In general revisionary surgery in Plastic Surgery is challenging, however, breast revisionary surgery is double challenging.
Revisions can be performed both for post-mastectomy reconstructive procedures and for primary cosmetic breast surgeries such as breast augmentations, breast reductions, and breast lifts.
The most common revision surgery in both categories is capsulectomy/capsulotomy with or without exchange of implants.Capsular contracture(hardening of the breast) is relatively uncommon however should it happen, it results in an unnatural appearance of the breast with the migration of the implant to the upper chest wall and loss of the soft feel of the breast. This deformity might be associated with pain and tenderness of the involved breast.
It is more common with silicone gel implants which are placed above the chest muscle. The capsule is the scar tissue that the body generates around the implant. The deformity results if the scar tissue excessively squeezes the implant. Scar formation around the implant is a normal, response of the body. However, it is the amount of the scar and the degree of compression that results in the deformity.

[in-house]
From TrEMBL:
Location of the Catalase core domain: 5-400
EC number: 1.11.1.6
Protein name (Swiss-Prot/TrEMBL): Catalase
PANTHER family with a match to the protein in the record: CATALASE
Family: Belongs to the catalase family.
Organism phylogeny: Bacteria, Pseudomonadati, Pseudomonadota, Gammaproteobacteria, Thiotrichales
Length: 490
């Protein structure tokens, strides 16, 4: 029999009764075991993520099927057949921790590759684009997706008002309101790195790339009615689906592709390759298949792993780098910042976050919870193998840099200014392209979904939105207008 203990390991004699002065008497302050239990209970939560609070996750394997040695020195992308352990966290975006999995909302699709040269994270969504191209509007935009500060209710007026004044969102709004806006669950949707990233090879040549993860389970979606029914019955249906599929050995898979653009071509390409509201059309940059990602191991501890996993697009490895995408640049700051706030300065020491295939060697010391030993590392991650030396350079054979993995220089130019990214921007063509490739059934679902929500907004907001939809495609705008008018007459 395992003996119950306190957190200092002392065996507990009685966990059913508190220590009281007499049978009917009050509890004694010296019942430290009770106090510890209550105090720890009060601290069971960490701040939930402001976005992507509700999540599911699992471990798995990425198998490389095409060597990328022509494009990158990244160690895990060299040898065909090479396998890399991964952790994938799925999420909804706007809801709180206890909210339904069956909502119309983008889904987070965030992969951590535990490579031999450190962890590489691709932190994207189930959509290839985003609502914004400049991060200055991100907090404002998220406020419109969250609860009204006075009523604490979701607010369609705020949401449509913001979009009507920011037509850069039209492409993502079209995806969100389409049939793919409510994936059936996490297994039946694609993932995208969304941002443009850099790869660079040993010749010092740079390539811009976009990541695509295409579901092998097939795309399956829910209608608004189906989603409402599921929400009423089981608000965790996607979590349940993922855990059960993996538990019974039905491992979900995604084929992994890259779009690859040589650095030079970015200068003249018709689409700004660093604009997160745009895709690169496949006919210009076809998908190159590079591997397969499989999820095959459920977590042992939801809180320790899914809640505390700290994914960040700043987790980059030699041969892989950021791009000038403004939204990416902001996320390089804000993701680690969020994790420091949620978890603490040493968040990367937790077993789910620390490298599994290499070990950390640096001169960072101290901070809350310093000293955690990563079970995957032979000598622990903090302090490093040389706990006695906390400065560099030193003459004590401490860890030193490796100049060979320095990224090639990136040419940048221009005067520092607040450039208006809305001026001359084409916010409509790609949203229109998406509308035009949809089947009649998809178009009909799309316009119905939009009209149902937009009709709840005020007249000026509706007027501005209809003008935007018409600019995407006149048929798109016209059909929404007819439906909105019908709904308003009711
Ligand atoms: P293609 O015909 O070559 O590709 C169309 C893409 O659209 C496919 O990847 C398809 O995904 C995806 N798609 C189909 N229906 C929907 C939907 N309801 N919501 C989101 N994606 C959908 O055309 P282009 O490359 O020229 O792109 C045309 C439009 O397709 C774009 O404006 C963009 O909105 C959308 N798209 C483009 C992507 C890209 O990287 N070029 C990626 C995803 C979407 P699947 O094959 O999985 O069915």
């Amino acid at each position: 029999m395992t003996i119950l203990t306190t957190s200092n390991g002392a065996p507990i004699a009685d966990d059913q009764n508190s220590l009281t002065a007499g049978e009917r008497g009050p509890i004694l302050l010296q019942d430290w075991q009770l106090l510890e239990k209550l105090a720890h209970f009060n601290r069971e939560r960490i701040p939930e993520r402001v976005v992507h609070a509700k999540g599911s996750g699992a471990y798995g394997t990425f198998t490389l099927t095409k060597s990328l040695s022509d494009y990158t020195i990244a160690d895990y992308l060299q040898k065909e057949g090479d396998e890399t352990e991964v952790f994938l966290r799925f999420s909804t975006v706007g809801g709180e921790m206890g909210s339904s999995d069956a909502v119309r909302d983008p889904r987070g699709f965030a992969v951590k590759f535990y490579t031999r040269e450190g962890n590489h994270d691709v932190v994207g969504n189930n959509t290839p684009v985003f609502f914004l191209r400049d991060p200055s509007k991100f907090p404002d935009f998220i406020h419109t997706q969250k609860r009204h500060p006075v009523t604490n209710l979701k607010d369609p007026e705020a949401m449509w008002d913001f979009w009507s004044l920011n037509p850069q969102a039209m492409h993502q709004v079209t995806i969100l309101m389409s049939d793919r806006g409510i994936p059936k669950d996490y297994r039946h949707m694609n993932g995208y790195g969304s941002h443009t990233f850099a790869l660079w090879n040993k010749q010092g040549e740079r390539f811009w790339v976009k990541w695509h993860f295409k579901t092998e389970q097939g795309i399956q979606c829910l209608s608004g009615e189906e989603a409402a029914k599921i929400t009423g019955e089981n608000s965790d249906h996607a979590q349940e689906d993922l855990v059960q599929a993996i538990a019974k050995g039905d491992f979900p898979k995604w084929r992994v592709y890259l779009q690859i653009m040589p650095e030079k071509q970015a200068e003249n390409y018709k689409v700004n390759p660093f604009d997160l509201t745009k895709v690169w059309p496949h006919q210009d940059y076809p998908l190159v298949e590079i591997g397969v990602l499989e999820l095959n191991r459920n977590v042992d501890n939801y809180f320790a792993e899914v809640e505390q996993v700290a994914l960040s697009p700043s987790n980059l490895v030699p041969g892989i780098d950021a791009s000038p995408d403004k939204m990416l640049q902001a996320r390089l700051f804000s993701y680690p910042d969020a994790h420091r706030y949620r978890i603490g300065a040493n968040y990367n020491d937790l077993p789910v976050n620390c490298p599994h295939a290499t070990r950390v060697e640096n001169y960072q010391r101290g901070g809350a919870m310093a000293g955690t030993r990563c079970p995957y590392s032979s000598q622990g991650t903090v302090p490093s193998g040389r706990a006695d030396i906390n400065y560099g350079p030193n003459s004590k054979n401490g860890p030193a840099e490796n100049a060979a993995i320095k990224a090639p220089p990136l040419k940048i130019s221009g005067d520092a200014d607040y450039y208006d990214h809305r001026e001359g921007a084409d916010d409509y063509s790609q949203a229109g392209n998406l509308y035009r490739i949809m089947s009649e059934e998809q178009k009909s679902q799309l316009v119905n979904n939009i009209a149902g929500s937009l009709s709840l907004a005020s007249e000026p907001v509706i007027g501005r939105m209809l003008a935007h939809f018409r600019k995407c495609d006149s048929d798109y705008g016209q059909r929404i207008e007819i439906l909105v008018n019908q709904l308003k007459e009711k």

Treatment usually involves a total capsulectomy (surgical removal of the scar) with or without exchange of the implant with a new and different implant. It is performed under general anesthesia in an outpatient setting.
Ruptured implants, both saline inflatable or silicone gel, are a relatively common occurrence. A deflated saline implant will be noticeable within days of leakage, unlike ruptured silicone gel implants. Diagnosis of ruptured silicone gel implants is usually made by MRI examination. Ruptured silicone gel implants can be associated with capsular contracture of the breast. Treatment involves the exchange of the ruptured implant with a new implant. Total capsulectomy can be performed in conjunction with the exchange of the ruptured silicone gel implant. Implant companies normally provide a new implant with no charge if the deflation occurs within ten years of the initial surgery. Health insurance companies usually cover deflated implants in reconstructive surgeries.
Certainly there are many more conditions for breast revisions such as post mastopexy (breast lift) bottoming out with the nipple/areola being located in an unnatural location, correction of asymmetrical breasts, management of scars following breast reduction surgery and revisionary surgeries in post-mastectomy reconstructions.